News Corporation's tilt at full control of BSkyB dropped off the radar over the summer, as the prospective bidder finalised its regulatory submission to the European Commission.
The US group, headed by media tycoon Rupert Murdoch, tabled a 700p per share bid in June to take its 39.1 per cent stake to full ownership, valuing the broadcaster at about £12bn. Since then the silence from the two principal players, as regulatory forms are being filled, has been replaced by calls from Sky's independent board and shareholders for and increased bid, and its rivals calling on Business Secretary Vince cable to block it altogether. This week, News Corp is expected to notify the European Commission of its intended approach for Sky.
That the submission has taken four months is not uncommon, according to sources close to the company. The Commission demands answers to several of the crucial competition questions before official notification, and the document cannot be posted until the regulator is satisfied.
As soon as the official notification is made later this week or early next, the regulatory clock starts ticking both in Brussels and in London.
The European Commission will look at the deal exclusively on competition grounds. Following a change in corporate ownership, the Commission wades in when the combination of the two companies – with European operations – have worldwide revenues of more than €5bn (£4.33bn). Either that or the companies' turnover in the EU is €250m each. A News Corporation takeover of Sky would meet either criteria for an investigation, and the Commission has 25 days to decide whether to move to a deeper investigation. Analysts expect the EC to move to a more detailed phase II investigation.
Following a formal takeover notification, the Commission sends out notifications of its own to the member states that are affected. In this case, the Office of Fair Trading has the right to request that the competition enquiry is brought back to the UK. Sources close to the enquiry do not expect the OFT to become involved.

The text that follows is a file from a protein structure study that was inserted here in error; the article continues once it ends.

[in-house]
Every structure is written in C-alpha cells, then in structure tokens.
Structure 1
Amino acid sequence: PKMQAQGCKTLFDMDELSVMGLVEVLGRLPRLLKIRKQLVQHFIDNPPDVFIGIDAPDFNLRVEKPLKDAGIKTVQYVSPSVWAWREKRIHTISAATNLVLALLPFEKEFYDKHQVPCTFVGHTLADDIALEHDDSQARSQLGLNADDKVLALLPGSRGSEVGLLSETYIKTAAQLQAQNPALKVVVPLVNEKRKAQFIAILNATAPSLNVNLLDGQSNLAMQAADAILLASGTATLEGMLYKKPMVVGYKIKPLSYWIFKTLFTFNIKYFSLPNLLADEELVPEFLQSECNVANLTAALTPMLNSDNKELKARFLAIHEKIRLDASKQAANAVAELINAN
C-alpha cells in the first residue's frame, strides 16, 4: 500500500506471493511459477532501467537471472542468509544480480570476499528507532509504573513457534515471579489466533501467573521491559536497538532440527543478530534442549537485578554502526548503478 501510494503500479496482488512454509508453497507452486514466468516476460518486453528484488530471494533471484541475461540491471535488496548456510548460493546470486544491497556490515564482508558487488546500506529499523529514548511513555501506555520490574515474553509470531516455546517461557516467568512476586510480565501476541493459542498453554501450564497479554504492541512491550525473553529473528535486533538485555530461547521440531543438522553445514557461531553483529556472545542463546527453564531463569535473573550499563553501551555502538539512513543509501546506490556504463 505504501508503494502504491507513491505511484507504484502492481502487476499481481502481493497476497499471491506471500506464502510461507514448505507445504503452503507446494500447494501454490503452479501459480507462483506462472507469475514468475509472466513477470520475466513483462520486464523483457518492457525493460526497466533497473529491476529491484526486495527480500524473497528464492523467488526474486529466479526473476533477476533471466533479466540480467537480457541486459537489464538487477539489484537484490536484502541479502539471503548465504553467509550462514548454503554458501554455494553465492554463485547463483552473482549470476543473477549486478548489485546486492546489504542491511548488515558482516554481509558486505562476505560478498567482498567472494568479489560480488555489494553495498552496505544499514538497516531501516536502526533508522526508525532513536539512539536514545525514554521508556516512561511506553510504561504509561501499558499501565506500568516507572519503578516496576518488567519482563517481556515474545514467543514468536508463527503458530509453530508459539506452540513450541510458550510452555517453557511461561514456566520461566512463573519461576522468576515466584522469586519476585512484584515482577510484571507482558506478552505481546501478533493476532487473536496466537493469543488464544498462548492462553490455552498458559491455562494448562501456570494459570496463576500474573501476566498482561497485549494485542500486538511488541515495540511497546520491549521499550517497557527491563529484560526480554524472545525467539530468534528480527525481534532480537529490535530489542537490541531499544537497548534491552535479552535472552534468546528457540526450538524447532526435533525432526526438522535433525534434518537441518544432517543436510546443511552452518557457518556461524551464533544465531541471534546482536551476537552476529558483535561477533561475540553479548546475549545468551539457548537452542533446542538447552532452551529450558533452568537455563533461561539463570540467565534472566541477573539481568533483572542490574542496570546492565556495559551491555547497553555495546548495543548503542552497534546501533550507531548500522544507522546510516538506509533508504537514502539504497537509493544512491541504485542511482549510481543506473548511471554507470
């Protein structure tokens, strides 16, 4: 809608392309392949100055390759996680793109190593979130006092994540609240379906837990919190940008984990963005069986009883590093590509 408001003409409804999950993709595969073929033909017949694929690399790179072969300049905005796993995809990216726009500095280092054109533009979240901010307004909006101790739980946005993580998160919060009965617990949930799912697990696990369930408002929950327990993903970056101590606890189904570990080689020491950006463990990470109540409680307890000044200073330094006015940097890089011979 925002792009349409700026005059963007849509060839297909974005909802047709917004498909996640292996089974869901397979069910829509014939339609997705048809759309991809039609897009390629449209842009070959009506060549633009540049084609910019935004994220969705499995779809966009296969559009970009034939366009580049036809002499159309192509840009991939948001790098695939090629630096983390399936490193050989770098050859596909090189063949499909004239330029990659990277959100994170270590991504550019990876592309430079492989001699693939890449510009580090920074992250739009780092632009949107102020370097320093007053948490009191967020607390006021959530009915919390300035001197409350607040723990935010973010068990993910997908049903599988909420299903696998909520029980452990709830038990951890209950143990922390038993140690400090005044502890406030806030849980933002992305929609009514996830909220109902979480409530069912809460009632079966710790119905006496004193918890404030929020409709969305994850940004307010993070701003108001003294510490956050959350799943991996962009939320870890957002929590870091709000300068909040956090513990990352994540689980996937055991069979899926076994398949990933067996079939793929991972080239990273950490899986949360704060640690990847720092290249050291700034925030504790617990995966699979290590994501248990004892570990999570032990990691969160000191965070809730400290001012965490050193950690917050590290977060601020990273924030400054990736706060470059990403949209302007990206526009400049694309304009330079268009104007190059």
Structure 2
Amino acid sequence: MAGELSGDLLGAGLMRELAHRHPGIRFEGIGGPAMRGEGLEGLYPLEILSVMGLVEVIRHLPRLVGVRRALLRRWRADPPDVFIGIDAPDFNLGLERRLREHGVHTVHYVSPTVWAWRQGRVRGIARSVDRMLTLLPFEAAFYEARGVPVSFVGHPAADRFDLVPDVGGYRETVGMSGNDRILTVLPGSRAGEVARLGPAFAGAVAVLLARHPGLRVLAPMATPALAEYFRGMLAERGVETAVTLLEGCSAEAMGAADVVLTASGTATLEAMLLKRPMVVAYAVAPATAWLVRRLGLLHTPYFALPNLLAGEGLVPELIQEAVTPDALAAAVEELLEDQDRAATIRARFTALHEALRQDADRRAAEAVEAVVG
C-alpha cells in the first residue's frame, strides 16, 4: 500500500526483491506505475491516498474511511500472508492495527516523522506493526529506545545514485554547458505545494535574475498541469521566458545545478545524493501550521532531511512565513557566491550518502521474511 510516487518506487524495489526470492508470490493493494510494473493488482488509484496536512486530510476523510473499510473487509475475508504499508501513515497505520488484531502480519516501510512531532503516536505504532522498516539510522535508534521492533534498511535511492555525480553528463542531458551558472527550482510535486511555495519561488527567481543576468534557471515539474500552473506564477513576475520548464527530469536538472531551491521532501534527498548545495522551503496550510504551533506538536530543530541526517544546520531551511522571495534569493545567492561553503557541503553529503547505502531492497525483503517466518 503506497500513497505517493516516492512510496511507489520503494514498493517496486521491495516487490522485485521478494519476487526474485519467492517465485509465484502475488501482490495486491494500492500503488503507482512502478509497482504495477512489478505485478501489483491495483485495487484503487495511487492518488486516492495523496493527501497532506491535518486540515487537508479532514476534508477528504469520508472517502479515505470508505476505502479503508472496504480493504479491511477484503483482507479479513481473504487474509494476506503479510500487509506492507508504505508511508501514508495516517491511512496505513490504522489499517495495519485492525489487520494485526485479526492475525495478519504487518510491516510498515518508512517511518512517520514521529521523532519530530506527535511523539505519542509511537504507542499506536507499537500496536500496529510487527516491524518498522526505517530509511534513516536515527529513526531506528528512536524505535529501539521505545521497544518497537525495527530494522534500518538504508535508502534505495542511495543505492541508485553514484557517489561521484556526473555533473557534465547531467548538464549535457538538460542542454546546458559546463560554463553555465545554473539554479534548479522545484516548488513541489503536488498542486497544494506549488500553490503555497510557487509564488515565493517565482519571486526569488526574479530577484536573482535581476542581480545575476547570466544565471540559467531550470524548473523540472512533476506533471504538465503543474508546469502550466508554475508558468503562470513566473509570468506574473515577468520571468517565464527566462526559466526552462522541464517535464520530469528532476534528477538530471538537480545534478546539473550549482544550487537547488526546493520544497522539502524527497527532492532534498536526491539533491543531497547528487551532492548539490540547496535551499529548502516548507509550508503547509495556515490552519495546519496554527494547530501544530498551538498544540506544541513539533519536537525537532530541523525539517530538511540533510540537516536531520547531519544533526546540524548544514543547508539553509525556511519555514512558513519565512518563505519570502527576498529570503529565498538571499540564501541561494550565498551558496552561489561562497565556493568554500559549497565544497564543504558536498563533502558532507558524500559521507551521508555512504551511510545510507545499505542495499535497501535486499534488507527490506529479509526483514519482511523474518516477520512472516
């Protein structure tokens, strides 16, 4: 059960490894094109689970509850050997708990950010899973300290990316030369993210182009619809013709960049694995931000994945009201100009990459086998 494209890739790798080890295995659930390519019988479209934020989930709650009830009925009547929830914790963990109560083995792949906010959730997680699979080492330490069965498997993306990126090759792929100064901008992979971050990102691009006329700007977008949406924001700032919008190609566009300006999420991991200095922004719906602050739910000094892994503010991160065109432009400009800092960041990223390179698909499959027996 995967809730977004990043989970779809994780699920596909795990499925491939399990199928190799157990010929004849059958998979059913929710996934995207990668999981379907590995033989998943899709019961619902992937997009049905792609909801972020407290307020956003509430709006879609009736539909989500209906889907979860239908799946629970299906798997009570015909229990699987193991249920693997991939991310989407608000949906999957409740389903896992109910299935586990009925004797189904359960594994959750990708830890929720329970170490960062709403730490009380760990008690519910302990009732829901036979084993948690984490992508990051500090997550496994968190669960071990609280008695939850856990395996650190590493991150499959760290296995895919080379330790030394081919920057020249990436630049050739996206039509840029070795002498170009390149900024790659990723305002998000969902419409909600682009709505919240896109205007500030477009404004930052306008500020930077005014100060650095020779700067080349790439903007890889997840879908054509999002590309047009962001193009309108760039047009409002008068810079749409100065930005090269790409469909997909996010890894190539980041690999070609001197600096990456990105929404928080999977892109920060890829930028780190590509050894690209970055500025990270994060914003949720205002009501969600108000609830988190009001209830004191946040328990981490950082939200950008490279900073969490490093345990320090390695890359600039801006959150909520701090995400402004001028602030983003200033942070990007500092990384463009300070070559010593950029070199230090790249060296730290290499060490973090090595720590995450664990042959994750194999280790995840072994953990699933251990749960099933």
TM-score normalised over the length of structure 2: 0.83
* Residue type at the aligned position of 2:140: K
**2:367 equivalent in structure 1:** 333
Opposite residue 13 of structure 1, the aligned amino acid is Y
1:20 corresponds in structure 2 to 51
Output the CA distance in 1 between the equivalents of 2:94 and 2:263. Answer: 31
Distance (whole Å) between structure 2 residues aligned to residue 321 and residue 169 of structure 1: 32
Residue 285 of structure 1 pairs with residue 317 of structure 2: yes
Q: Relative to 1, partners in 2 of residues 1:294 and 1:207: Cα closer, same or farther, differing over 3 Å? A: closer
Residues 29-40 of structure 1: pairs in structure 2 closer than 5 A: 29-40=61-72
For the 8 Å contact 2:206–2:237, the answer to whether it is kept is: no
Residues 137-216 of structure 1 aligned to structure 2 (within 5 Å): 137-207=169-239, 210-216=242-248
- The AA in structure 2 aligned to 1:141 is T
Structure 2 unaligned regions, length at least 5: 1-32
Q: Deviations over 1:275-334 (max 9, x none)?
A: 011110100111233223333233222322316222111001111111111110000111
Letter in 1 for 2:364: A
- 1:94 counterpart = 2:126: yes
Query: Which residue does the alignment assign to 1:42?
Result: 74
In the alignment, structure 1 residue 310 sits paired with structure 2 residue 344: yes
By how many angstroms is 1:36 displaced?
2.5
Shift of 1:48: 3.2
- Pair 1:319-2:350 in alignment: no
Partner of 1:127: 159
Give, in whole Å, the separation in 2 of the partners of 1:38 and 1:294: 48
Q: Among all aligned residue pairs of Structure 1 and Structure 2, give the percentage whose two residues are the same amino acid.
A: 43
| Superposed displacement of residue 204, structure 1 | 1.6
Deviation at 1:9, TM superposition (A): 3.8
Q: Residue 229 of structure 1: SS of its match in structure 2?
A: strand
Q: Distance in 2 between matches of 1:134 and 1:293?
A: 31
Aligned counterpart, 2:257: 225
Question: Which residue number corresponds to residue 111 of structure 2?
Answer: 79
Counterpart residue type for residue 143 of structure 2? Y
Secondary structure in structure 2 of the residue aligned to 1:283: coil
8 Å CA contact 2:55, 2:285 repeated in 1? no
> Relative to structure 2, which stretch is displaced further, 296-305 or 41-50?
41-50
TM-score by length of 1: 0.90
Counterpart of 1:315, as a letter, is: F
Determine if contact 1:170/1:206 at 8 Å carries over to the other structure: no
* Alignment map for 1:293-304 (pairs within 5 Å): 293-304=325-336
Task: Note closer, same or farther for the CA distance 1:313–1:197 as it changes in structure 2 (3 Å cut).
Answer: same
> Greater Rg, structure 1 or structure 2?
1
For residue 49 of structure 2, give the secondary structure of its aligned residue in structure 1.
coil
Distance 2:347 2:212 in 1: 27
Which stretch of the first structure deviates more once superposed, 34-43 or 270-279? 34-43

So if News Corp can convince the Europeans that there is no competition case to answer, it is still not guaranteed a clear path to buy Sky. In parallel to the Commission's preliminary investigation, the UK has to decide whether to issue an intervention notice of its own. The Government also has 25 working days, but a spokeswoman for the Department of Business, Innovation and Skills said a decision would be taken in 10 days. The issue facing the Government is whether such a deal harms so-called "media plurality". But, as BIS admitted, defining this issue can be "somewhat nebulous".
The Government can step in and block the deal under the 2003 Communications Act citing public interest. Sources working on the deal were adamant the Government should not become involved: "The threshold is pretty high; there are clear guidelines under the act. If Vince Cable intervened it would be under exceptional circumstances." An investigation was most recently initiated on these grounds after Sky bought a 17.9 per cent stake in ITV in 2006. It was forced to sell that stake down earlier this year.
If BIS decides to investigate, the case will be examined by Ofcom, the media watchdog. Should Ofcom decide there is a case to explore, the Competition Commission will be brought in to fully investigate. All recommendations will then be put before Mr Cable, who has the ultimate decision whether to block the merger. News Corp fears that the decision to investigate will become a political one, not taken on what it believes are the hard facts.